15 September 2011

How to inspect the classic of your dreams

Given the nature of classic cars, it is surprising how many people are happy to purchase an older vehicle without the most basic of inspections. Many common problems such as hidden corrosion, mechanical issues, incorrect documentation and non-original parts may all be discoverable prior to purchase, and this could save you a great deal of money and heartache in the long run. This quick guide provides pointers to help you ensure that buying your dream classic doesn't turn into a nightmare.

Do your research

Check out the model first, and find out what to look out for. All classics have at least one Achilles’ heel, and by joining the owners club or forum, or speaking to current owners, you’ll soon find out more. If you are set on a specific car, do more detailed research to find out about the car’s history, adding provenance and potentially value. There are a few specialist companies that can do this for you.

Take someone who knows

When you view the car, try to bring a classic car expert along with you. General mechanics may be able to spot obvious faults, but originality also makes a lot of difference to value. If you can get a marque expert, all the better. Again, there are companies that will perform this service for you.

Check the paperwork and numbers

Check the V5C against the actual numbers on the car. The numbers are different more often than you would expect. This doesn’t necessarily mean anything “dodgy” is going on, but it is well worth checking with HPI just in case. Check all the service records or history file entries, too − does the mileage grow steadily, or have there been periods when the car was off the road? If there is no history, you should ask why.

Inspect the car methodically

Write a list before you go and tick it off. Break the car down into areas: bodywork, running gear, engine, interior, electrical. Now start at one place and work methodically around the car. Don’t let the owner rush you or draw your eye elsewhere. Use your eyes and your fingers to feel for problems: Rust tends to accumulate around those areas where moisture and dirt get trapped (valances, sills, arches, chassis). Are these areas lumpy with filler, do the panels feel “thick,” have they recently been oversprayed? Do the doors, bonnet and boot fit properly? Is the chassis bent? (Look underneath and in the engine bay.) Look for oil leaks (although don’t be too surprised when you find them). Feel the “play” in wheel hubs, propshafts and steering (again, a little is to be expected). Mechanically, has the car been looked after, or does it have old spark plugs, thick black oil and old, cracked fuel pipes? With the engine running, look and listen for knocking, tapping and leaks, and look to see whether oil pressure and water temperature stay in the right zones. Look at the tyres for unusual wear and sidewall cracking (which can be extremely dangerous). Check that all trim is there and electrical items work − these can be very expensive to replace.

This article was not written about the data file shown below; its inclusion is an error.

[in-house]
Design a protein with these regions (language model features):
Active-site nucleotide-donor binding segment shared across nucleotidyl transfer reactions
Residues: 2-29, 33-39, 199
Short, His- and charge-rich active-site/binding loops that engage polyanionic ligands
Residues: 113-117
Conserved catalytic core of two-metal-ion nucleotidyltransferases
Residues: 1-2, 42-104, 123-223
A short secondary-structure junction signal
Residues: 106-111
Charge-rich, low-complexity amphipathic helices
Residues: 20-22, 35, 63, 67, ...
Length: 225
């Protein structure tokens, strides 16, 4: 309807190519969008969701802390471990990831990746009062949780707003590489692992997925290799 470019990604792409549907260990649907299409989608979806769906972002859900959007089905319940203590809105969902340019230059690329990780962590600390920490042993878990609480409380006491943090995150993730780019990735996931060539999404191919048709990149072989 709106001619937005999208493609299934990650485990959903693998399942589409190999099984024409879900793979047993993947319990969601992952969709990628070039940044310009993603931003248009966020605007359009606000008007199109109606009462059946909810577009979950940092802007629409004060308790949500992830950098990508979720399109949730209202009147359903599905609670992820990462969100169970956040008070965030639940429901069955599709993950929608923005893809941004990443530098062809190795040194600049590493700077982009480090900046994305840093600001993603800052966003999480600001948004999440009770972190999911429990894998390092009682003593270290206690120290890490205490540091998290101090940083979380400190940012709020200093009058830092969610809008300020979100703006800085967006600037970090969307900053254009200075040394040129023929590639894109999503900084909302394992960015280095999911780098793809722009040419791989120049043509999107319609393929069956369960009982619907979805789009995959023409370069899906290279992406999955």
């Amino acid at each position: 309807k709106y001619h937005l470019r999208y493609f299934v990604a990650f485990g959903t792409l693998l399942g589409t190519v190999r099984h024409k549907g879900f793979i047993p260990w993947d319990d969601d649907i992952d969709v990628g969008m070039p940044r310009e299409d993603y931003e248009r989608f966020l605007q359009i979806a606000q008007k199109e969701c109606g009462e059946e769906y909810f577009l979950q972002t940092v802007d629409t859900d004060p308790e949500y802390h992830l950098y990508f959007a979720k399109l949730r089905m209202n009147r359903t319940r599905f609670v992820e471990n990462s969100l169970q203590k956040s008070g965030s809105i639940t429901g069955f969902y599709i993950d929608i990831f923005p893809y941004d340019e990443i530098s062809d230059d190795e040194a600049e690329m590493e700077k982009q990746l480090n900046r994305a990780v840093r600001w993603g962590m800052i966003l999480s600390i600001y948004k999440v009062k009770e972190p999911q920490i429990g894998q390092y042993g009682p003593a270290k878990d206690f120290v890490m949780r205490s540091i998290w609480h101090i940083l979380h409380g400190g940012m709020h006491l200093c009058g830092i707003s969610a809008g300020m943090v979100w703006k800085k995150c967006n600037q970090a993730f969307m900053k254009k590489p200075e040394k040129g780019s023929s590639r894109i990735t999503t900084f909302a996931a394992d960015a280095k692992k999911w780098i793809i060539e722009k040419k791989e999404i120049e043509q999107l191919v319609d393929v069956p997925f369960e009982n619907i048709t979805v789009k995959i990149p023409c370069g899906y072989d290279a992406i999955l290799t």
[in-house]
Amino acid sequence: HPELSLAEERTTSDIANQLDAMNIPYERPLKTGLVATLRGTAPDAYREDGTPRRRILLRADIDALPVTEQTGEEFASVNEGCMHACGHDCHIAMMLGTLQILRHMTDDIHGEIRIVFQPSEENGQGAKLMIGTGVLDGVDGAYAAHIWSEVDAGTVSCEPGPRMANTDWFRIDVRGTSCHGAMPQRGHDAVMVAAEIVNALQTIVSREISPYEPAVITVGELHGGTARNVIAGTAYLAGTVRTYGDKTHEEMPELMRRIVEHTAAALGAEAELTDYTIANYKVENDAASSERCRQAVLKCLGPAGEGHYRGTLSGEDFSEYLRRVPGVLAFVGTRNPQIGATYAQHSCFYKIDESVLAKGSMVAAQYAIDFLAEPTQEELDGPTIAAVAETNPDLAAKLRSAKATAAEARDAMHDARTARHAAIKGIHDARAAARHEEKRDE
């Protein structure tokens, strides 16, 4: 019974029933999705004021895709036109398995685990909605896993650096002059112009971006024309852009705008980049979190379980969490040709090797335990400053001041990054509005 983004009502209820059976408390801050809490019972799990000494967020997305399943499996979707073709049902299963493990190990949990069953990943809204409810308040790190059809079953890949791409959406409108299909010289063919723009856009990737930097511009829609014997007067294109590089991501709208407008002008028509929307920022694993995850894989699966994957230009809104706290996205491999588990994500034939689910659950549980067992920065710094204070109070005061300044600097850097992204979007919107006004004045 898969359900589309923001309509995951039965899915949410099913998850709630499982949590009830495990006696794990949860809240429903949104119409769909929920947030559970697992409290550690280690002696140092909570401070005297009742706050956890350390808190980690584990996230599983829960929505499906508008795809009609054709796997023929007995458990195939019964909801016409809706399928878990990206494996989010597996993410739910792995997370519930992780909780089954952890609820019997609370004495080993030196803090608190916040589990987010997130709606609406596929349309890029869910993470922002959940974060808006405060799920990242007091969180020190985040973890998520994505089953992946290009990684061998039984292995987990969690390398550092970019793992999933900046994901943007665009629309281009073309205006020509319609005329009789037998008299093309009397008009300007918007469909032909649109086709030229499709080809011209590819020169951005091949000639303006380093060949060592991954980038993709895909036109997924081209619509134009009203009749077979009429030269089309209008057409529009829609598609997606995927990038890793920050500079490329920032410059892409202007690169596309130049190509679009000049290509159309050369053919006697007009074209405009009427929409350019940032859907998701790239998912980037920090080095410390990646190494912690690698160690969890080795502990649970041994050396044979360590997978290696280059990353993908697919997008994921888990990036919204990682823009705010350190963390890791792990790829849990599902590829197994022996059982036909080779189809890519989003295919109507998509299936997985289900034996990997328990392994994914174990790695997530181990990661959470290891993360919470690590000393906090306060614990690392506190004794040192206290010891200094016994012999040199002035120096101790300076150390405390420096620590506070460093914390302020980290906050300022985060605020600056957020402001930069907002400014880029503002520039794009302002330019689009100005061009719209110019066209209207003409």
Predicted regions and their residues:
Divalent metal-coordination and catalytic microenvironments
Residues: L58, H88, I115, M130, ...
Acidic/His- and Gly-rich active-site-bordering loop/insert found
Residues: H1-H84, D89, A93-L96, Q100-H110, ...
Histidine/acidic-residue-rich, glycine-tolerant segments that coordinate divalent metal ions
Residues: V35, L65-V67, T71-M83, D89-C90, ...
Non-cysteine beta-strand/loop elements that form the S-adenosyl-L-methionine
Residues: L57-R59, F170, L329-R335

Test drive it

Finally, assuming you want to drive the car and not just look at it − take it out! Does it run, steer and stop the way it should? Again, if you are not used to driving the car then get someone who knows older cars to help, as classics very rarely drive like modern vehicles.

We all know that no classic car is perfect, but we would prefer to know what we are buying, and that’s why having an inspection done can save you a great deal of time and money, and allows you full enjoyment of your pride and joy. And remember − if the inspection identifies a problem, speak to the seller. You never know; he may just knock a little off and make that new purchase all the sweeter.

John Mayhead is Managing Director of Classic Status Report , providing UK-wide classic car inspections and historical research. Call 0845 5396639 or email  mail@classicstatusreport.com .

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